Anime and Manga — Reviews and Previews
A child and his dog flee from a burning monastery; trained Chinese assassins are attacked on a mountain bridge; a wandering swordsman finds shelter in a decrepit shrine. Within a few days, these three factions will come together in a shower of sparks and a fountain of blood. So goes the basic premise of Sword of the Stranger.
This isn’t the first time I’ve watched this 2007 movie. I caught it with a friend about two years ago and fell in love with its dynamic action scenes. So when I saw Sword of the Stranger was available on Hulu, I knew it was just the thing to watch during this very busy month! Unfortunately, I learned that movies that are fascinating on a first viewing don’t always hold up under extended scrutiny later.
The battle sequences in Sword of the Stranger are still beautiful, fantastically animated set pieces. They might rely a bit too much on an overenthusiastic shaky-cam effect, but they’re creatively choreographed and come part and parcel with emphatic gore effects that let you know this isn’t your standard, kid-friendly affair. The last half-hour in particular devolves into a three-sided brawl with limbs being cleaved from bodies and axes settling wetly into heads.
But the plot that’s supposed to shore up these action sequences is more than a little thin. There’re too many characters in too little a space, meaning everyone is more archetype (or, worse, stereotype) than person. Protagonist Kotaro is your standard bratty kid who learns to trust; his reluctant protector with no name is the typical wandering samurai who needs to be reminded that while swords kill, they can also protect. The primary antagonist – blonde haired, blue eyed, Chinese-speaking assassin Luo-Lang – is the most intriguing, but this is mostly because he speaks little and acts out of ambiguous motives. He’s not given enough screen time to become fully realized, and his fellow assassins/would-be allies might as well not exist for how little the movie pays attention to them. Throw in the political machinations of a Japanese warlord and things begin to devolve into an unappealing mire. Adorable shiba inu Tobimaru steals all of the scenes he’s in, though, so there’s that.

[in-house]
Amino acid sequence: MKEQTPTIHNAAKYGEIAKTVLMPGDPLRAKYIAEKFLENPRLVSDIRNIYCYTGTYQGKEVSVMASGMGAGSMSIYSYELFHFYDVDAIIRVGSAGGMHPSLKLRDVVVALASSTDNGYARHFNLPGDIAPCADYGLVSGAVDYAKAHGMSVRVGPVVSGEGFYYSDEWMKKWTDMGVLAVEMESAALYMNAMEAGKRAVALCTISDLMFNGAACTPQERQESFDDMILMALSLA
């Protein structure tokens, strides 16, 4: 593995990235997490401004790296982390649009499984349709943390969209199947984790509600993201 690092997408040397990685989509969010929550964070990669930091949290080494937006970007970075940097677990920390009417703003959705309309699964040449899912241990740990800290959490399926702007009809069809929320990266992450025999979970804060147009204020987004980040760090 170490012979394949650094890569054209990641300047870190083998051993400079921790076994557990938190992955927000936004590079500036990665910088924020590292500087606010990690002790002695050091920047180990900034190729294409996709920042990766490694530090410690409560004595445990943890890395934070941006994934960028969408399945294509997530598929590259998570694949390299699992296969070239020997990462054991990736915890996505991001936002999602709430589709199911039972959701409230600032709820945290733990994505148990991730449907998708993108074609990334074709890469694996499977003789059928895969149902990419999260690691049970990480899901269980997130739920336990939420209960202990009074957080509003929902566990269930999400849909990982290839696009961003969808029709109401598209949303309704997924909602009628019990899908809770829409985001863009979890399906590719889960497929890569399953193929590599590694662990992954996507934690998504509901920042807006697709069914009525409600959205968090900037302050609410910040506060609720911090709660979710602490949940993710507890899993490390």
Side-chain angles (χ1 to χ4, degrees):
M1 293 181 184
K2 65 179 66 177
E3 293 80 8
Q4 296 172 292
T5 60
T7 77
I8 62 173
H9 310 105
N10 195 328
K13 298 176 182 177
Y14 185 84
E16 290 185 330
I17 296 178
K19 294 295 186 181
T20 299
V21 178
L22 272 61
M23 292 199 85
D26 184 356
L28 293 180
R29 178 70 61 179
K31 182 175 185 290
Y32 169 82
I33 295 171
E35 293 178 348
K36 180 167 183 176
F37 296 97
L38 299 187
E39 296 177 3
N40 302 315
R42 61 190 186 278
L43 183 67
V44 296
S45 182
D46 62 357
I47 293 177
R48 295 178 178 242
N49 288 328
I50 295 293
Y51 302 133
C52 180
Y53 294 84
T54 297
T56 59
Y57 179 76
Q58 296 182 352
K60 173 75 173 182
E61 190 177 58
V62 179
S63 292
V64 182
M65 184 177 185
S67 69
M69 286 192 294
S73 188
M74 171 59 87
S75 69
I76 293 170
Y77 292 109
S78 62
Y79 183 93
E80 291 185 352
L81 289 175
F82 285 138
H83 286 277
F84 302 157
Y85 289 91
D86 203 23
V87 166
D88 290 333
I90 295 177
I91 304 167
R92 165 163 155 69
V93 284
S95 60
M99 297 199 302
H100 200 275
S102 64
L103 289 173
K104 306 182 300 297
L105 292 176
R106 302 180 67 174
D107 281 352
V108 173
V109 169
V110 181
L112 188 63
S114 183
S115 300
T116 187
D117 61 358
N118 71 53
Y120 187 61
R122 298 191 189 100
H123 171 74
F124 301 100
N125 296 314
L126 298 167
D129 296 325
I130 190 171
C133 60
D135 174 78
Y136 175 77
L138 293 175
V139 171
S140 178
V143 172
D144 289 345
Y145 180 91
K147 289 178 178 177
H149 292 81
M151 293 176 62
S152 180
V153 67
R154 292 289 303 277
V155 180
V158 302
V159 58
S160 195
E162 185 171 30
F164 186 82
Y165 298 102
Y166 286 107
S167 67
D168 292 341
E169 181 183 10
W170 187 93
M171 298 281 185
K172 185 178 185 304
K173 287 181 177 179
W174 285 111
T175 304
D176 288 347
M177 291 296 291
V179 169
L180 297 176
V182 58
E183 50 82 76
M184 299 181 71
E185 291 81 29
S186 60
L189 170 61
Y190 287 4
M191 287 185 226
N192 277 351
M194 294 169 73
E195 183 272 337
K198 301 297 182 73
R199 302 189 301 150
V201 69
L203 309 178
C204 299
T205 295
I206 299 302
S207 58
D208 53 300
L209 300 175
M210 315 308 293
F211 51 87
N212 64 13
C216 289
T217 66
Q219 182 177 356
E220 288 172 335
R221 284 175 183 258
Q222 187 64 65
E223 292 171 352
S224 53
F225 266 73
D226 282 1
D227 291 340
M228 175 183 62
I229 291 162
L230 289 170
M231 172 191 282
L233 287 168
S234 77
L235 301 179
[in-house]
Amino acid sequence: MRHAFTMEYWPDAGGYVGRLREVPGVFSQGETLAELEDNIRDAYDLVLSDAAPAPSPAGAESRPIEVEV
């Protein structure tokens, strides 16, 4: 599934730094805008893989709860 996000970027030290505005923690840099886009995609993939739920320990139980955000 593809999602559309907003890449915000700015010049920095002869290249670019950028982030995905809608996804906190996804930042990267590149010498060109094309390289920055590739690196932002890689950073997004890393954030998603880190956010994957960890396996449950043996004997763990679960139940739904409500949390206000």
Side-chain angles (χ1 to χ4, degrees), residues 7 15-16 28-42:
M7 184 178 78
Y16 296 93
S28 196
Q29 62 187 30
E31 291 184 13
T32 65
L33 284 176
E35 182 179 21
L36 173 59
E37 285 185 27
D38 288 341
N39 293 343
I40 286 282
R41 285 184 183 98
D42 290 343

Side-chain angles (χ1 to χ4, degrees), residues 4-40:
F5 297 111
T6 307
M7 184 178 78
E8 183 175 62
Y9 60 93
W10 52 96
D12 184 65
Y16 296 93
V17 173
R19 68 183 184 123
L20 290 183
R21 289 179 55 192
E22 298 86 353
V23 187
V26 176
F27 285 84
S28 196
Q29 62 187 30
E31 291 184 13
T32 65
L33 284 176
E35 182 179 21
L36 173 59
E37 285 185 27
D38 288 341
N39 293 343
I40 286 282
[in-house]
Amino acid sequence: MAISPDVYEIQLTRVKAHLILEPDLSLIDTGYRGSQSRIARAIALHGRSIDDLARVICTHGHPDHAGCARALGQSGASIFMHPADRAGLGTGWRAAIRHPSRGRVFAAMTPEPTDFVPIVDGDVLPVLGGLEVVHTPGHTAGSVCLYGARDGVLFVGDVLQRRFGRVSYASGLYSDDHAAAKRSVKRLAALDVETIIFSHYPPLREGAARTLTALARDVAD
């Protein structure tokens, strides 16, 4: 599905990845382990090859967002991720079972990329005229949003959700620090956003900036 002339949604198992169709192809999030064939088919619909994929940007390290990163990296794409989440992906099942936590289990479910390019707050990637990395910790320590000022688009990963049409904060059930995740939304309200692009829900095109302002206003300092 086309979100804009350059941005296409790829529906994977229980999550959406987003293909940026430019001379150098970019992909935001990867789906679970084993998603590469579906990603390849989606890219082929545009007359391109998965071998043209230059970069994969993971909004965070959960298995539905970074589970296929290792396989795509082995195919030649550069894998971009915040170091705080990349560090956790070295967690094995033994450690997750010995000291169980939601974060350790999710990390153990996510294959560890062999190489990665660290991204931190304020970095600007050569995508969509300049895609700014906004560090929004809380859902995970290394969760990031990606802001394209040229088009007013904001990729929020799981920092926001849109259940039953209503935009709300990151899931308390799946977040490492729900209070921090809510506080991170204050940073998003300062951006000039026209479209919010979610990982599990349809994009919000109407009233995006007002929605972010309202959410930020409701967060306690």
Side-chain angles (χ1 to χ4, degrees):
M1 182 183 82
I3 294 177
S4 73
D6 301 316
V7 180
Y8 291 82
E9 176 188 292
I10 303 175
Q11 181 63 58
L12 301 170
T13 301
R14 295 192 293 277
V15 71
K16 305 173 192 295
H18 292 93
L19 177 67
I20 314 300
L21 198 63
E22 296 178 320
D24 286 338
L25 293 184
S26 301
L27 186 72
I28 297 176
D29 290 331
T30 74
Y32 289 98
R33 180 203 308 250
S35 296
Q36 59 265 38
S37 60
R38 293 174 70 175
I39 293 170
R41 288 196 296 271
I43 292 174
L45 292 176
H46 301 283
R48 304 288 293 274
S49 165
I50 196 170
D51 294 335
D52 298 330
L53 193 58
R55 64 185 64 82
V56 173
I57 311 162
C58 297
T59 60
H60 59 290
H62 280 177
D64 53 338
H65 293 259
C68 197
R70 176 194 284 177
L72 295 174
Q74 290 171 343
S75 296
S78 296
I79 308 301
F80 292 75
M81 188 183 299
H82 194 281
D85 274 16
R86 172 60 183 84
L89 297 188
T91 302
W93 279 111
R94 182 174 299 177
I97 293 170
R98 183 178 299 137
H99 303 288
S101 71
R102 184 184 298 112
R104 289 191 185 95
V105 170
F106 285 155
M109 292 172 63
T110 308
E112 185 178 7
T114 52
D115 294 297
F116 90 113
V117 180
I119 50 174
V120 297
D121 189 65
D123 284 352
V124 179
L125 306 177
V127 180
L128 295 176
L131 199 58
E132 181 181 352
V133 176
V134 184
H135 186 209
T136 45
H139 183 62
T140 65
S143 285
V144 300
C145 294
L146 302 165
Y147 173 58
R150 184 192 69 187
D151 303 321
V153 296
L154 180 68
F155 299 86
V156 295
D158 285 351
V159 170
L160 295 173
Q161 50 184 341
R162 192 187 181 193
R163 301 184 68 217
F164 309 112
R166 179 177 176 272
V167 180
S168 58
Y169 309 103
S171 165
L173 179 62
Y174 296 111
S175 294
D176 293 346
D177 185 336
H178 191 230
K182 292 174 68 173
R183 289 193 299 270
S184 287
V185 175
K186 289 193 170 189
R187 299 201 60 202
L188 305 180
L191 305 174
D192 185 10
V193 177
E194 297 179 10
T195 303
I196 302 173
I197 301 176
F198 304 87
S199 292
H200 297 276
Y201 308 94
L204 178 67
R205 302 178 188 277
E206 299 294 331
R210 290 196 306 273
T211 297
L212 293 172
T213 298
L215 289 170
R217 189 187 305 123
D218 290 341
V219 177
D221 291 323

The problems with the script are only compounded by a weak dub. Having originally watched this movie with subtitles, I was sorely disappointed that the English version chose not to offer subtitles for the Chinese-language parts. This might not have been a big deal and might even have added to the ambiance of the show if the Chinese were limited to mid-battle quips and other inconsequential dialogue. Unfortunately, a few pretty important chunks of the story are spoken in Chinese. Had I not had the benefit of an earlier showing with subtitles, I would have found myself confused and more than a little annoyed. The voice actors chosen for each role matched pretty well to the characters themselves, but almost everyone sounds like they’re phoning it in. Nothing spectacular to talk about there.
Ultimately, you’re not going to watch Sword of the Stranger for the plot, so go in expecting to see some fantastic sword fights and little else. Don’t ask for depth. Enjoy it on a visceral level, instead, and you’ll find that Sword of the Stranger earns its one and a half hours of runtime.